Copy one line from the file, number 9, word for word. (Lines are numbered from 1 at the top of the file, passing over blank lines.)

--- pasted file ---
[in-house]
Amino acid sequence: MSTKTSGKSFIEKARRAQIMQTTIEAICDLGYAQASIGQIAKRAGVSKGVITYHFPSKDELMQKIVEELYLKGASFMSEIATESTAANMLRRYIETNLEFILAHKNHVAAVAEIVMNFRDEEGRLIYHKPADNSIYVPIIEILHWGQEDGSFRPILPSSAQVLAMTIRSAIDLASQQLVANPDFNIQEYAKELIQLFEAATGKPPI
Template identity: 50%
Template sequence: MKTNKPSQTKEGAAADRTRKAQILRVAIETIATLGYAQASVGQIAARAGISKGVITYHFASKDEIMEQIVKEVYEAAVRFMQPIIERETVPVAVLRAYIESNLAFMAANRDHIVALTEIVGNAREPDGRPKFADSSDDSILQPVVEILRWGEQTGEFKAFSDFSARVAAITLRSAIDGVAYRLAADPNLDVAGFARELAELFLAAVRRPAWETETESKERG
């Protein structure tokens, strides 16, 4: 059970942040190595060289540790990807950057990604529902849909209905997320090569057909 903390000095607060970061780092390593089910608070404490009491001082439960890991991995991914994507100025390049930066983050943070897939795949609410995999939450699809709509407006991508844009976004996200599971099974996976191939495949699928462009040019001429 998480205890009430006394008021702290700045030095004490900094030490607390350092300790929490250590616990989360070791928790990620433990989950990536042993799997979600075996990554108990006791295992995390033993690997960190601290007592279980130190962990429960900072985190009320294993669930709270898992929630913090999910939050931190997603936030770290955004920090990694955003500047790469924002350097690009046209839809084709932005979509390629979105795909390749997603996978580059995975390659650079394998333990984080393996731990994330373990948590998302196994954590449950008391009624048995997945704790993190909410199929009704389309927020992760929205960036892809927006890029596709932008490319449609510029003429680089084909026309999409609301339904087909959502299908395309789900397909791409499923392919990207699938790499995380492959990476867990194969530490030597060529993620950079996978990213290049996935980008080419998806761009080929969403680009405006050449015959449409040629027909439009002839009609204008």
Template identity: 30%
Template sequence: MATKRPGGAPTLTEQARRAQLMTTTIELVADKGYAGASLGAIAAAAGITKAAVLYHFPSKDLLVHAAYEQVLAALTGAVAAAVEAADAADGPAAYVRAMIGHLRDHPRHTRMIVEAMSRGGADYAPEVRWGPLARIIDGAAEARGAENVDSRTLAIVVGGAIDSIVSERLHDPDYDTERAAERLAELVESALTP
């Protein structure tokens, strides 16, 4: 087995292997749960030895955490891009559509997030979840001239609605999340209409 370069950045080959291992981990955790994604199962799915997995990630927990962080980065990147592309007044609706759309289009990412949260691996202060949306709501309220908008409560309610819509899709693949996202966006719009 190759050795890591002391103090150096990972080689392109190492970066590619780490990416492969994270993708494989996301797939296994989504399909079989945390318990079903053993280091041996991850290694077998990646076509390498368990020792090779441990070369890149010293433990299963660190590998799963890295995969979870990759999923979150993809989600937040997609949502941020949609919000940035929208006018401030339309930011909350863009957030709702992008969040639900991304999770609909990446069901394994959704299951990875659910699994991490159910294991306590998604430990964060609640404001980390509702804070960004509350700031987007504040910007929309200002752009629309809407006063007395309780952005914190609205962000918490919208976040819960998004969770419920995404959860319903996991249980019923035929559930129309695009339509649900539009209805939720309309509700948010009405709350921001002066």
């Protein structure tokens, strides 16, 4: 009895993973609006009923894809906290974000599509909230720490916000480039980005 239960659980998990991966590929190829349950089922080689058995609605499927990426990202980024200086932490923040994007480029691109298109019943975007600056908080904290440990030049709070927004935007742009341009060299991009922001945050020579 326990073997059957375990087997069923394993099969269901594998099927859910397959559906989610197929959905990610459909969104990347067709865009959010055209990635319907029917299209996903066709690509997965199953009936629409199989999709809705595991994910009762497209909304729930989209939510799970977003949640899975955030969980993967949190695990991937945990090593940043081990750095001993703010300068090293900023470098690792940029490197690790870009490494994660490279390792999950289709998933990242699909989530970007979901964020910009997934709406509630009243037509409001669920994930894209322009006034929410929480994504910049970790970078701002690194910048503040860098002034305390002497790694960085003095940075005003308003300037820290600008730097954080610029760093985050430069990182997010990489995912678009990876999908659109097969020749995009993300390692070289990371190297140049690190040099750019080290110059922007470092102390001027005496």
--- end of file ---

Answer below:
């Protein structure tokens, strides 16, 4: 009895993973609006009923894809906290974000599509909230720490916000480039980005 239960659980998990991966590929190829349950089922080689058995609605499927990426990202980024200086932490923040994007480029691109298109019943975007600056908080904290440990030049709070927004935007742009341009060299991009922001945050020579 326990073997059957375990087997069923394993099969269901594998099927859910397959559906989610197929959905990610459909969104990347067709865009959010055209990635319907029917299209996903066709690509997965199953009936629409199989999709809705595991994910009762497209909304729930989209939510799970977003949640899975955030969980993967949190695990991937945990090593940043081990750095001993703010300068090293900023470098690792940029490197690790870009490494994660490279390792999950289709998933990242699909989530970007979901964020910009997934709406509630009243037509409001669920994930894209322009006034929410929480994504910049970790970078701002690194910048503040860098002034305390002497790694960085003095940075005003308003300037820290600008730097954080610029760093985050430069990182997010990489995912678009990876999908659109097969020749995009993300390692070289990371190297140049690190040099750019080290110059922007470092102390001027005496």